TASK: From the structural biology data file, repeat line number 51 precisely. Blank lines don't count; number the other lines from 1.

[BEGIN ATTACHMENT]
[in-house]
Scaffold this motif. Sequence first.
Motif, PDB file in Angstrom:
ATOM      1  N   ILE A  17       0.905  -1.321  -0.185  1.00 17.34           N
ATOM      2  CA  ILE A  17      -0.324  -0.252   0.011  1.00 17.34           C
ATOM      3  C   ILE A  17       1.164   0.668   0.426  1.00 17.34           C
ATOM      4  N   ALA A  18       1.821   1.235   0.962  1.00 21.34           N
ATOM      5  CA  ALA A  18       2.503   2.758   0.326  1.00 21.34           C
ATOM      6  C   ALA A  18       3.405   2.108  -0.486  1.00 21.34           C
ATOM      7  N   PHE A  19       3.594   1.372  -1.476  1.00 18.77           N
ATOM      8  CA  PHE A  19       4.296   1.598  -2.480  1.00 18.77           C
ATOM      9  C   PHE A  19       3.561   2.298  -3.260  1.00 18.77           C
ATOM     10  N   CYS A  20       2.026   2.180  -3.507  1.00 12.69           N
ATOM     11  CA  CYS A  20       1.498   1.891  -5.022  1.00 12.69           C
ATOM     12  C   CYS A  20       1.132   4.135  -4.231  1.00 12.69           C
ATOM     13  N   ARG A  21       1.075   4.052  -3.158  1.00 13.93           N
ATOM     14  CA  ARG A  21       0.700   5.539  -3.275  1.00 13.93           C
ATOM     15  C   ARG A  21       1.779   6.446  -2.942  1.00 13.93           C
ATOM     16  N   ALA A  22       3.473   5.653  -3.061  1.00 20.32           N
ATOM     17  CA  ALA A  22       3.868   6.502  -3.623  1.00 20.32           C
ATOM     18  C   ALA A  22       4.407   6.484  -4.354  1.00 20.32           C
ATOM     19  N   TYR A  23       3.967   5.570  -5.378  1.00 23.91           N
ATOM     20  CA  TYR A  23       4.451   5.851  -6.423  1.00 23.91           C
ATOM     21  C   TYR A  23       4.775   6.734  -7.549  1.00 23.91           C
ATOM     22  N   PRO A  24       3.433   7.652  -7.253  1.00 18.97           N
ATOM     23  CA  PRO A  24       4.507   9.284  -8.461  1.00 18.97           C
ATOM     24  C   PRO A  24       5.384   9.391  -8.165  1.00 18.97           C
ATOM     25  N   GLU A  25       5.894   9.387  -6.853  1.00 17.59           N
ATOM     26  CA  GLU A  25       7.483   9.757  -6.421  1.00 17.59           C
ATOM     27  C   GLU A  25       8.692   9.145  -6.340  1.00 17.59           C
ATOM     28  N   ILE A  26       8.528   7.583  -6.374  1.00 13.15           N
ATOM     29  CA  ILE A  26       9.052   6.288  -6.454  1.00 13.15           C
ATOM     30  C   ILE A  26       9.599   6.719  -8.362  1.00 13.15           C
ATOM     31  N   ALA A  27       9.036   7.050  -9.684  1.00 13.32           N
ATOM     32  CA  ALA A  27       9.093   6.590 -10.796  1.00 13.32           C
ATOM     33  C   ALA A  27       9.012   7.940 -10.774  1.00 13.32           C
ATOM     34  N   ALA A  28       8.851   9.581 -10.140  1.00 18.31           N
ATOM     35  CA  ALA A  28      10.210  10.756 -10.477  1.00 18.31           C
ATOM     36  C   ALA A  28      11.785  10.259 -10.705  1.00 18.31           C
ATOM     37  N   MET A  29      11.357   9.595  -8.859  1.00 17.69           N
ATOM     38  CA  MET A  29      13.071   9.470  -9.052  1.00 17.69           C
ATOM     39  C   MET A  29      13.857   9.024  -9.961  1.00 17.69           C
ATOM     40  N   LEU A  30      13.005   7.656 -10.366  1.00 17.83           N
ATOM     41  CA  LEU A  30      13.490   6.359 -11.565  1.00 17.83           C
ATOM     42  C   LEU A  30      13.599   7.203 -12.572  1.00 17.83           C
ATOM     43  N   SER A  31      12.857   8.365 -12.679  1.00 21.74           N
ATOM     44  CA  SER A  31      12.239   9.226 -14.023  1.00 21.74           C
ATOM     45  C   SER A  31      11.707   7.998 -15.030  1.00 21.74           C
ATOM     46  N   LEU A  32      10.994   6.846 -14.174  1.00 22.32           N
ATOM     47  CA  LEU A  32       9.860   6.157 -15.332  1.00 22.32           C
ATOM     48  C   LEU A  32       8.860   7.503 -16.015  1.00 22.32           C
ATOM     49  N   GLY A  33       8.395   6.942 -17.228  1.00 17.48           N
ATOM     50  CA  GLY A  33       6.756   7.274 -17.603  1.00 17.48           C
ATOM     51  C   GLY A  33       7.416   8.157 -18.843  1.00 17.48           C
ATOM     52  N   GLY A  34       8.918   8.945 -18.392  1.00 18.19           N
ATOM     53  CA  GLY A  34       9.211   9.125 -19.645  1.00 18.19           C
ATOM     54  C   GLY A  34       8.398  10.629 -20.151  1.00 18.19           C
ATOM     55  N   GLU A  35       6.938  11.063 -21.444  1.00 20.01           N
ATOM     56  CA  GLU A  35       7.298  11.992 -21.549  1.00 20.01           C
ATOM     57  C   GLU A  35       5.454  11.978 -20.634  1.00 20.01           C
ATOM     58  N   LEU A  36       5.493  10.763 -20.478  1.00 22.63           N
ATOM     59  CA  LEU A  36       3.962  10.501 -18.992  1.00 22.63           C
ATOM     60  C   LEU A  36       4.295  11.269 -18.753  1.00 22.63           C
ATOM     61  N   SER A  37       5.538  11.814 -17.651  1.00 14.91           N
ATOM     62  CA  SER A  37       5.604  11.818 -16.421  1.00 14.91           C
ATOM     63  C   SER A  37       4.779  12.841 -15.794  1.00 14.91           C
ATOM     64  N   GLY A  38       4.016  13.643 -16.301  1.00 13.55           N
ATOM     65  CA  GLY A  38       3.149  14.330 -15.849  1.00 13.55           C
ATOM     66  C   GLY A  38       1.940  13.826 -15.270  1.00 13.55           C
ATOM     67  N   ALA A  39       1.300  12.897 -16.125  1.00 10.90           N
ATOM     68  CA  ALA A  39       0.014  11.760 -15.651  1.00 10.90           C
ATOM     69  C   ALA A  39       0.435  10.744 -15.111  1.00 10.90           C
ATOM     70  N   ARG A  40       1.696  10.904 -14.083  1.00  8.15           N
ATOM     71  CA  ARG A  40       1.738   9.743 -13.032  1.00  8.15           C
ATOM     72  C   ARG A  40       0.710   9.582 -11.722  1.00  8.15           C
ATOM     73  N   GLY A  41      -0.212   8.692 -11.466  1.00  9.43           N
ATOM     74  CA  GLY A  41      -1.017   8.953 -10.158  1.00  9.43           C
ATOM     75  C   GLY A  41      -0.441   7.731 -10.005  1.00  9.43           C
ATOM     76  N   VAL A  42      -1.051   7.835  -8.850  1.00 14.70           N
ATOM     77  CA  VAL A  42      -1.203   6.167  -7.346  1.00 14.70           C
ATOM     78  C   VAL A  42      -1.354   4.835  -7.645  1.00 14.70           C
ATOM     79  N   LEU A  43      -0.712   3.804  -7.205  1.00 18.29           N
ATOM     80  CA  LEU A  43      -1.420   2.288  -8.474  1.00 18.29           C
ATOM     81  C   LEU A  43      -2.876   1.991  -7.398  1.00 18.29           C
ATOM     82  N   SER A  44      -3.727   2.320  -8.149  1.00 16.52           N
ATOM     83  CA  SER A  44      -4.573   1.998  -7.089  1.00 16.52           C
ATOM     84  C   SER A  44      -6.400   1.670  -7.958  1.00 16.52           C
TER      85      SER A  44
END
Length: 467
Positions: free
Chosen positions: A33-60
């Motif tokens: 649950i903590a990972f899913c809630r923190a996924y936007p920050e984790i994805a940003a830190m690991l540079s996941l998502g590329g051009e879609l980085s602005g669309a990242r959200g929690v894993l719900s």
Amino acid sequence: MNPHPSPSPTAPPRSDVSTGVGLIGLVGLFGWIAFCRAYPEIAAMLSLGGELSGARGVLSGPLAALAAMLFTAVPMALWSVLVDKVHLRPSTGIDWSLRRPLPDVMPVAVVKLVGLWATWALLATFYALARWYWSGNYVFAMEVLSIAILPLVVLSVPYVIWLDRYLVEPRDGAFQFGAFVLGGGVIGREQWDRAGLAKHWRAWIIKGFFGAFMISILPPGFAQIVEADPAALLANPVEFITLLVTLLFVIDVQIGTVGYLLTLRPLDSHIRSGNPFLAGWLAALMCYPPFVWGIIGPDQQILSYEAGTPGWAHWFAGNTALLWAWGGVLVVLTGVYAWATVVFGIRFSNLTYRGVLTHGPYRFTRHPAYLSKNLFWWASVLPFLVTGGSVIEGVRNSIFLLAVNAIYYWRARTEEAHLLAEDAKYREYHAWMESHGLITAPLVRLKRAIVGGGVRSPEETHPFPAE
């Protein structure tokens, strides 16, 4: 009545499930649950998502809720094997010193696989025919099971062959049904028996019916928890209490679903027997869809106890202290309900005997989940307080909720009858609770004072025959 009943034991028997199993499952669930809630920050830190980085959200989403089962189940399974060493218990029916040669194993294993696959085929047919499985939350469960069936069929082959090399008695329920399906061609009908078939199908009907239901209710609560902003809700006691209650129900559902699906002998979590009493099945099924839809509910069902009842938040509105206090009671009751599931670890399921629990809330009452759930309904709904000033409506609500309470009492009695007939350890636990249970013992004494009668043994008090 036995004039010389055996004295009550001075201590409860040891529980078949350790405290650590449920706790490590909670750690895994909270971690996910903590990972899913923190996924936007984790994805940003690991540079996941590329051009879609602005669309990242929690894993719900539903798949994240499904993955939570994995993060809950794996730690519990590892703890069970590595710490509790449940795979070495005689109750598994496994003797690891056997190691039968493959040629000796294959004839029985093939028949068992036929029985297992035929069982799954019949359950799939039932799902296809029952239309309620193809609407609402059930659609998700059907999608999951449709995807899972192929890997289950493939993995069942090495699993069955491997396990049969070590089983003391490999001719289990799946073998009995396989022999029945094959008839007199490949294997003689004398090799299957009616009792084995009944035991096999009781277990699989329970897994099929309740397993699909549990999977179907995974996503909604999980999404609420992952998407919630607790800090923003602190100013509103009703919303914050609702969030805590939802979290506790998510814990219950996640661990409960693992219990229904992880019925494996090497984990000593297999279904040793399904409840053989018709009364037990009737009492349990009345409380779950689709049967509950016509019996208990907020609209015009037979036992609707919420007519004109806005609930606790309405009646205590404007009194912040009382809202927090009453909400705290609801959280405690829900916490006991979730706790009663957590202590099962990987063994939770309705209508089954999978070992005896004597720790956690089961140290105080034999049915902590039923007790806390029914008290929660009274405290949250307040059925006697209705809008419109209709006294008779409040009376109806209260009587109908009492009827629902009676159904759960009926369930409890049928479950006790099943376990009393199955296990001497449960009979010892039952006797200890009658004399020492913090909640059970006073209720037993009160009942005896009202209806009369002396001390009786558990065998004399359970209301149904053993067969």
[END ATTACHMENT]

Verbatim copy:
ATOM     48  C   LEU A  32       8.860   7.503 -16.015  1.00 22.32           C